As we mentioned at the beginning, defeating Trump is not enough. We need movements strong enough to fight a Clinton administration on several fronts—whether Israel/Palestine, free trade agreements, climate change, a $15 minimum wage, or the prison-industrial complex. And neutralizing the appeal of the far right means we need to both strengthen our movements for racial justice and win over white workers to a progressive class politics as an alternative to Trump’s racist economic nationalism. Finally, we need to build a left that can help anchor a visionary alternative to corporate Democrats. It won’t be easy, but we’ve come this far. Let’s defend what we’ve got in this election, and keep our eye on collective liberation.

Signatories included Chris Crass, anti-racist author and educator, Kentucky.

Revolutionary Strategies to Beat the Rising Right Wing

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Revolutionary Strategies to Beat the Rising Right Wing, was a nationwide conference call organized by Freedom Road Socialist Organization, Sunday October 30, 2016.

What's the nature of this right-wing threat? What has this election cycle changed about the political terrain we're fighting on? How do we need to prepare for whats coming after the election? Hear about these crucial questions from our panel of top political strategists, including Nelini Stamp, Bill Fletcher, Jr., Linda Burnham, and Sendolo Diaminah.

Those invited, on Facebook included Chris Crass.[26]

Now What? Defying Trump and the Left's Way Forward


Now What? Defying Trump and the Left's Way Forward was a phone in webinar organized by Freedom Road Socialist Organization in the wake of the 2016 election.

Now what? We’re all asking ourselves that question in the wake of Trump’s victory. We’ve got urgent strategizing and work to do, together. Join Ash-Lee Woodard Henderson of the Movement for Black Lives and Freedom Road, Calvin Cheung-Miaw, Jodeen Olguin-Taylor of Mijente and WFP, Joe Schwartz of the Democratic Socialists of America, and Sendolo Diaminah of Freedom Road for a discussion of what happened, and what we should be doing to build mass defiance. And above all, how do we build the Left in this, which we know is the only solution to the crises we face?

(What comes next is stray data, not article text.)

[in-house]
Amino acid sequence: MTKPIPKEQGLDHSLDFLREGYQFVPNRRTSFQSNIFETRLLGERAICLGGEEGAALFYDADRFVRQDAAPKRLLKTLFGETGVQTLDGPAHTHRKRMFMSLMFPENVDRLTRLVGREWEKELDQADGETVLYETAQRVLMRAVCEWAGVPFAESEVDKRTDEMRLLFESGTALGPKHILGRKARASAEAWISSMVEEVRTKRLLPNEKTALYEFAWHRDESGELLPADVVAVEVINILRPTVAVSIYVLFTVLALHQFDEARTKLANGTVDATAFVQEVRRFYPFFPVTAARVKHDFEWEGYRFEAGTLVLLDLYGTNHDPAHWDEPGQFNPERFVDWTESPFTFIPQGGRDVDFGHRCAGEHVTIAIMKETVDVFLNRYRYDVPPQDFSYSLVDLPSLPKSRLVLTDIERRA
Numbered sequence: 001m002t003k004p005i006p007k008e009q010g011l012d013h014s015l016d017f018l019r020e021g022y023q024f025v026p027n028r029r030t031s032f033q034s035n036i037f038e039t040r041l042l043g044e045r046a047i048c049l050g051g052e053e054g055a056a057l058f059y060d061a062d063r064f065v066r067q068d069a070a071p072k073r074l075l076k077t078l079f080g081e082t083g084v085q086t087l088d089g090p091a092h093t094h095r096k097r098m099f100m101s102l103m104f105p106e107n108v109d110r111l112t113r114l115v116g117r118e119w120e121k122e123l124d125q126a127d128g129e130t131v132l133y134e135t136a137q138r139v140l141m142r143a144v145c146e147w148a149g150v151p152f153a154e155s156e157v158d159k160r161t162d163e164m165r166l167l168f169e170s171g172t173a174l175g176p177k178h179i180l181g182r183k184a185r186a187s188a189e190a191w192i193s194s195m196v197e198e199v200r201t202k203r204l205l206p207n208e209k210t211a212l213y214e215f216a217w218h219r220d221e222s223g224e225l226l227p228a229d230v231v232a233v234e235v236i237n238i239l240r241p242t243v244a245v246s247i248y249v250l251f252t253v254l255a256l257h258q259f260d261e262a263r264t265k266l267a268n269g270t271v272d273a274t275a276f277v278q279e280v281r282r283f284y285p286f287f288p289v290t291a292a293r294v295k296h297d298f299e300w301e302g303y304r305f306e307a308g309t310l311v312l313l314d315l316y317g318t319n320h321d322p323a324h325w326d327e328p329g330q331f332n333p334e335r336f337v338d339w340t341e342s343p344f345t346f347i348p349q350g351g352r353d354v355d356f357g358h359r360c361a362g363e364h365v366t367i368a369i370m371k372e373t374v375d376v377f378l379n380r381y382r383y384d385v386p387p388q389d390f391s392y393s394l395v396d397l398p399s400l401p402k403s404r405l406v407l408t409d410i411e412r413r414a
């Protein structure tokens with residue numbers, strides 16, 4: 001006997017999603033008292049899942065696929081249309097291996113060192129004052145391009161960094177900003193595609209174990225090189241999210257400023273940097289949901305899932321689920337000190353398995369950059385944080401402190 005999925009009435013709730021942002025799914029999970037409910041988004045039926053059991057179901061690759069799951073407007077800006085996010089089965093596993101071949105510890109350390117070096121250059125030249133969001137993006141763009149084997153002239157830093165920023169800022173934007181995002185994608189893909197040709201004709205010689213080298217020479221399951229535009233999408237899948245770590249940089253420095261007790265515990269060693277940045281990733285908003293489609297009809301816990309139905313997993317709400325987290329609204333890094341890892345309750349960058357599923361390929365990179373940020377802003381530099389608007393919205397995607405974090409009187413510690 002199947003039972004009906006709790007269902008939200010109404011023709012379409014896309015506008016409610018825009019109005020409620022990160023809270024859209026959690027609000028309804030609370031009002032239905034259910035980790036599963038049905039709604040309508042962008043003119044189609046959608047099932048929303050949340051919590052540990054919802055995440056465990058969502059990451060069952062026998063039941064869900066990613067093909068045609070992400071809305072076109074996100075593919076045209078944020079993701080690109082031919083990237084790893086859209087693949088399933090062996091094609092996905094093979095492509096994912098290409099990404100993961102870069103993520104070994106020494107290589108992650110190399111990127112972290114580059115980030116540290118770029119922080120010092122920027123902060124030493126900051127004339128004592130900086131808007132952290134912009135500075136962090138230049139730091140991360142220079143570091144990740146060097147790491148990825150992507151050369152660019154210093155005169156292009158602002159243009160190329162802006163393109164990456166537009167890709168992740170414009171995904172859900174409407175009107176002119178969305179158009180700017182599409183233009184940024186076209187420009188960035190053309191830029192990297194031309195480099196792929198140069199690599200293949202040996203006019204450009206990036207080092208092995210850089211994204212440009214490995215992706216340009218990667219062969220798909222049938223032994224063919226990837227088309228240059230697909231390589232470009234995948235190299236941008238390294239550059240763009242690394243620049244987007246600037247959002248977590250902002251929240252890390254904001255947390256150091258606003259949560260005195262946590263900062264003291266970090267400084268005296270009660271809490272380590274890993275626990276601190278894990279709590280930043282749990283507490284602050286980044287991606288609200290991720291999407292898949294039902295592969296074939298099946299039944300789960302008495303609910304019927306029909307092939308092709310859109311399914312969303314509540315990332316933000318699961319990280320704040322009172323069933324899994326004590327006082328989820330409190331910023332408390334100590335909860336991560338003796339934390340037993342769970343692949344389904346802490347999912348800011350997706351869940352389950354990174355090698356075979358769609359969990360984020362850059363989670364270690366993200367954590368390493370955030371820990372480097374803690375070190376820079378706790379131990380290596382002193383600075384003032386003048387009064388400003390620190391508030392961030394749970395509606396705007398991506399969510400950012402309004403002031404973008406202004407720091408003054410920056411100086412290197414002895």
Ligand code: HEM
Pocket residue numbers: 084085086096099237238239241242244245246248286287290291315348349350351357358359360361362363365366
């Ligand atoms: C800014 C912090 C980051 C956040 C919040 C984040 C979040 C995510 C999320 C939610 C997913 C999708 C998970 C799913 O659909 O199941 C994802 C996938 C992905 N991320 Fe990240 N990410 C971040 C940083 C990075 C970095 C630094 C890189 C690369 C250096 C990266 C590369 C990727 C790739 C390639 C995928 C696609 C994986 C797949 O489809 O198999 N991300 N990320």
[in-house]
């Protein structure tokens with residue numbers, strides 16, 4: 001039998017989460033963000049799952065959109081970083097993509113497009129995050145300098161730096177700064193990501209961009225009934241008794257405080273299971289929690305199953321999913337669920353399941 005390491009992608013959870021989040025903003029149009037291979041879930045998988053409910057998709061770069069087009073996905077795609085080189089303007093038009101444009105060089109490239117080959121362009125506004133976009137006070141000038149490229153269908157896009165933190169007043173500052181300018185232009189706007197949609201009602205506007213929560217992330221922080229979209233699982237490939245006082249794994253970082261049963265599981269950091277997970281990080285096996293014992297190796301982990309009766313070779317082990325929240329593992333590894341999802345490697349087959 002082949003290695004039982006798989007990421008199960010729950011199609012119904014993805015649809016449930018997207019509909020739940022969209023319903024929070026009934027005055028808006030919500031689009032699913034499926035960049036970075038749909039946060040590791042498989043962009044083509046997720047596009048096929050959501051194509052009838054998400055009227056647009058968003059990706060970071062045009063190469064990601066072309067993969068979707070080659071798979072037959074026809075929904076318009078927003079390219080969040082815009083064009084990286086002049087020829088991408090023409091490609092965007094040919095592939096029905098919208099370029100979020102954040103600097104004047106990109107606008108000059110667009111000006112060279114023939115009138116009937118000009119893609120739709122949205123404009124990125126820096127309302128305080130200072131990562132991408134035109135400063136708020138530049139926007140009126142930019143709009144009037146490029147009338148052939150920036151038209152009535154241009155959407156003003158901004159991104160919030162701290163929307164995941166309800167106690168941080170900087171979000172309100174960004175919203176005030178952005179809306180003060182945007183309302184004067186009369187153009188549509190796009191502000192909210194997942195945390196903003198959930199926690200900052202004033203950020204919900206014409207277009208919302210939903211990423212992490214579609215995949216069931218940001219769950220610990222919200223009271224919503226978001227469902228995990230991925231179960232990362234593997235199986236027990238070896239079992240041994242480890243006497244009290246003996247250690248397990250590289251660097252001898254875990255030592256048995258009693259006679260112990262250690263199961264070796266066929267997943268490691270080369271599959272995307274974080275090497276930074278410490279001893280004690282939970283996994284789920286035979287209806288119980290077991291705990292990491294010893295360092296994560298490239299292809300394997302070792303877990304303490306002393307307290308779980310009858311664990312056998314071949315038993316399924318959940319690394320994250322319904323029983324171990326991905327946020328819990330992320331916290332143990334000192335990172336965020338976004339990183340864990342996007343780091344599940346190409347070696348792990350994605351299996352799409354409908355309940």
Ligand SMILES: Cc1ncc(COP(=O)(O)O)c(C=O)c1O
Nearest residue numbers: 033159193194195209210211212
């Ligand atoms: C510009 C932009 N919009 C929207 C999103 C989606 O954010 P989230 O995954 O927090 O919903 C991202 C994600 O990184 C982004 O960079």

This event will take place Tuesday November 15, 2016 at 9pm Eastern/8pm Central/6pm Pacific.

Those invited, on Facebook included Chris Crass .[27]


  1. Amazon Towards Collective Liberation
  2. [ SearchUnitarian Universalist Fellowship at SalisburyAn Open Love Letter to White Unitarian Universalists Struggling With Their Commitment to Black Lives Matter]
  3. Chris Crass, Colours of Resistance Archive Beyond Voting: anarchist organizing, electoral politics and developing strategy for liberation
  4. Discussion Forums starting some trouble Postby Pomegranate » Tue Jul 27, 2004
  5. Love & Rage Archive Love & Rage Archive
  6. Dem. Left Summer, 2001
  7. Dem. Left Summer, 2001
  8. Dem. Left Summer, 2001
  10. [Mieszkowski, Katharine (April 11, 2006). "We're here. We're not going anywhere". Retrieved February 11, 2009
  11. Catalyst Project about us, history
  12. Chris Crass, Colours of Resistance Archive Beyond Voting: anarchist organizing, electoral politics and developing strategy for liberation
  13. WAR TIMES January 29, 2002
  14. Indymedia, Santa Cruz Indymedia | Health, Housing, and Public Services | Womyn An Open Letter to Men committed to Social Justice in the Bay Area by Rishi Awatramani and Chris Crass Friday Jan 14th, 2005 4:48 PM
  15. [ East Bay | Global Justice and Anti-Capitalism How Do We Uproot the System and Build a Better World? by globalize liberation ( josh [at] ) Monday May 30th, 2005 ]
  16. FRSO Redefining Success Posted on Monday October 1st, 2001 by Freedom Road Socialist Organization
  17. Indymedia For May Day and Beyond
  18. Open Letter to Obama on Iran
  20. SpeakoutNow bio
  21. [Going to Places That Scare Me: Personal Reflections on Challenging Male Supremacy Saturday, 07 June 2014 09:06 By Chris Crass, PM Press |]
  22. Panel on Institutional Racism in Our Communities featuring Miguel Carpizo-Ituarte, Chris Crass
  23. Towards Collective Liberation Acknowledgents XV]
  24. SpeakoutNow bio
  25. SURJ people
  26. FB Revolutionary Strategies to Beat the Rising Right Wing Went 109
  27. [1]